This was an open-label, phase 1-2 dose-escalation study with no randomization. The primary objective of phase 1 of the study was to determine the MTD and DLT of clofarabine when used in combination with ara-C. The dose escalation used the 3 + 3 design.12  All more than or equal to grade 3 drug-related toxicities were considered DLTs with the exception of nausea and vomiting (if manageable with supportive care measures), alopecia, drug-related fever, and lymphopenia. Secondary objectives were to evaluate the efficacy of this treatment regimen and to study the biochemical modulation of ara-CTP when given in combination with clofarabine. This is a single-arm study with objective tumor response as the primary efficacy end point of the phase 2 portion of the trial. Efficacy endpoints for the phase 2 portion included CR, CRp, overall response rates (CR plus CRp divided by the total number of eligible patients), duration of remission, and survival. Results are presented for all treated patients. Kaplan-Meier methodology is used to describe time-to-event outcomes.

Results

Study population

A total of 32 patients were treated. Their characteristics are summarized in Table 1. Twelve patients (3 per dose cohort) were enrolled in the phase 1 part of the study, whereas the remaining 20 patients participated in the phase 2 part of the study. The median age of the whole study population was 59 years (range, 18 to 84 years). There were 25 patients with AML, 4 with high-risk MDS as defined by more than or equal to 10% blood or marrow blasts, 1 with CML in myeloid blast phase (resistant to imatinib), and 2 patients with ALL. With the exception of the patient with CML who received the clofarabine/ara-C combination as frontline therapy for blast phase, all other patients were either primary refractory (n = 7) to the preceding induction regimen, or received the study treatment as first salvage following relapse (n = 24). Among the patients with AML and MDS, 16 had experienced a first remission duration of less than 12 months, and 6 patients were in remission for at least 12 months or longer. Cytogenetic analysis revealed abnormal karyotypes in 11 patients with AML.

Table 1.

Characteristics of the 32 patients studied



 

Phase 1
 

Phase 2
 
No.   12   20  
Diagnosis, no.   
    AML   9   16  
    MDS   1   3  
    ALL   2   0  
    CML   0   1  
Age, y, median (range)   56 (23-74)   63 (18-84)  
Cytogenetics, no.   
    Diploid   6   7  
    -5/-7   1   4  
    Other   5   9  
Disease status, no.   
    First relapse   11   13  
    Primary refractory   1   6  
CRD1, mo, median (range)
 
7.6 (0-17.1)
 
5.2 (0-18)
 


 

Phase 1
 

Phase 2
 
No.   12   20  
Diagnosis, no.   
    AML   9   16  
    MDS   1   3  
    ALL   2   0  
    CML   0   1  
Age, y, median (range)   56 (23-74)   63 (18-84)  
Cytogenetics, no.   
    Diploid   6   7  
    -5/-7   1   4  
    Other   5   9  
Disease status, no.   
    First relapse   11   13  
    Primary refractory   1   6  
CRD1, mo, median (range)
 
7.6 (0-17.1)
 
5.2 (0-18)
 

CRD1 indicates duration of first complete remission; AML, acute myeloid leukemia; MDS, myelodsyplastic syndrome; ALL, acute lymphoblastic leukemia; CML, chronic myeloid leukemia; -5/-7, monosomy of chromosomes 5 and 7.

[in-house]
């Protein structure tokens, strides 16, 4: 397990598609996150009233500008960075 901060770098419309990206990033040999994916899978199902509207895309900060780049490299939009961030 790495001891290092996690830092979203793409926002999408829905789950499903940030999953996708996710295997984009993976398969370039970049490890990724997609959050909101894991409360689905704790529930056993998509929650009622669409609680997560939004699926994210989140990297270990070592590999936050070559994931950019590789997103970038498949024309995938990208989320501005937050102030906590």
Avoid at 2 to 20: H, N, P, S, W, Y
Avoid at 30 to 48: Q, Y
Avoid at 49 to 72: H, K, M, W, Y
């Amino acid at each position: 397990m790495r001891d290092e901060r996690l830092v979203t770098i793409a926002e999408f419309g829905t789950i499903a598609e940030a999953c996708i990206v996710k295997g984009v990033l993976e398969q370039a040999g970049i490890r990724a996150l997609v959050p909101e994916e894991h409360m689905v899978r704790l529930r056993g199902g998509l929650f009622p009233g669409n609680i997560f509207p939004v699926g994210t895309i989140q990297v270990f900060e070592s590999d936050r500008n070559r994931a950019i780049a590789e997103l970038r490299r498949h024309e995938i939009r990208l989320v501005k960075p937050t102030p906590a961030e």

Response and outcome

Response rates are shown in Table 2. Among all patients, 7 (22%) achieved CR, and 5 (16%) achieved CRp, for an overall response rate of 38%. No responses occurred in 3 patients with ALL and CML. Among the 29 patients with AML/MDS, 7 patients (24%) achieved CR. Another 5 patients (17%) had hematologic improvement (CRp) for an overall response rate of 41% in this group. In AML, 7 (28%) of 25 patients attained CR, 3 (12%) CRp, whereas 15 patients (60%) had no response. Of the 4 patients with MDS, 2 (50%) achieved CRp. No responses were seen in 2 patients with ALL and in one patient with CML in myeloid blast phase. Twenty-three patients with a diagnosis of AML and high-risk MDS were either primary refractory to their initial induction regimen or had a first remission duration of less than one year. Among them, 5 (22%) achieved CR and 3 (13%) achieved CRp. Among 6 patients with longer first remission durations (≥ 12 months), 2 (33%) had CR, and 2 (33%) had CRp, suggesting no major difference in outcome in this subset analysis. Characteristics of responding patients (CR and CRp) are shown in Table 3. Among all 32 patients, 20 received one course only, 10 received a second course, and 2 patients received 5 courses. Patient 3 achieved a CR at the lowest clofarabine dose level (15 mg/m2 per day). However, this patient received induction therapy with gemtuzumab plus interleukin-11 only and achieved a first remission duration of more than one year. It remains impossible to ascertain whether the CR following clofarabine plus ara-C is due to the combination of ara-C with clofarabine or whether ara-C alone or any other ara-C–containing regimen would not have had the same effect. Furthermore, 2 of the 5 patients with CRp achieved responses during the phase 1 portion of the study at doses below the level that had been established as the phase 2 dose. Patient 18 with primary refractory AML required 2 courses to achieve remission. All others achieved a CR or CRp following one course. Patient 18 has now completed another 3 courses of clofarabine/ara-C maintenance and remains in remission at more than 6 months. For patients who achieved CR (n = 7), the median time to platelet recovery more than or equal to 100 × 109/L was 42 days (range, 22 to 62 days) and the median time to neutrophil recovery more than or equal to 1 × 109/L was 33 days (range, 18 to 59 days). Prolonged myelosuppression (≥ 42 days from previous course) was typically not observed during consolidation courses. Patient 27 died aplastic in CR from septic shock with multisystem organ failure during the first consolidation course.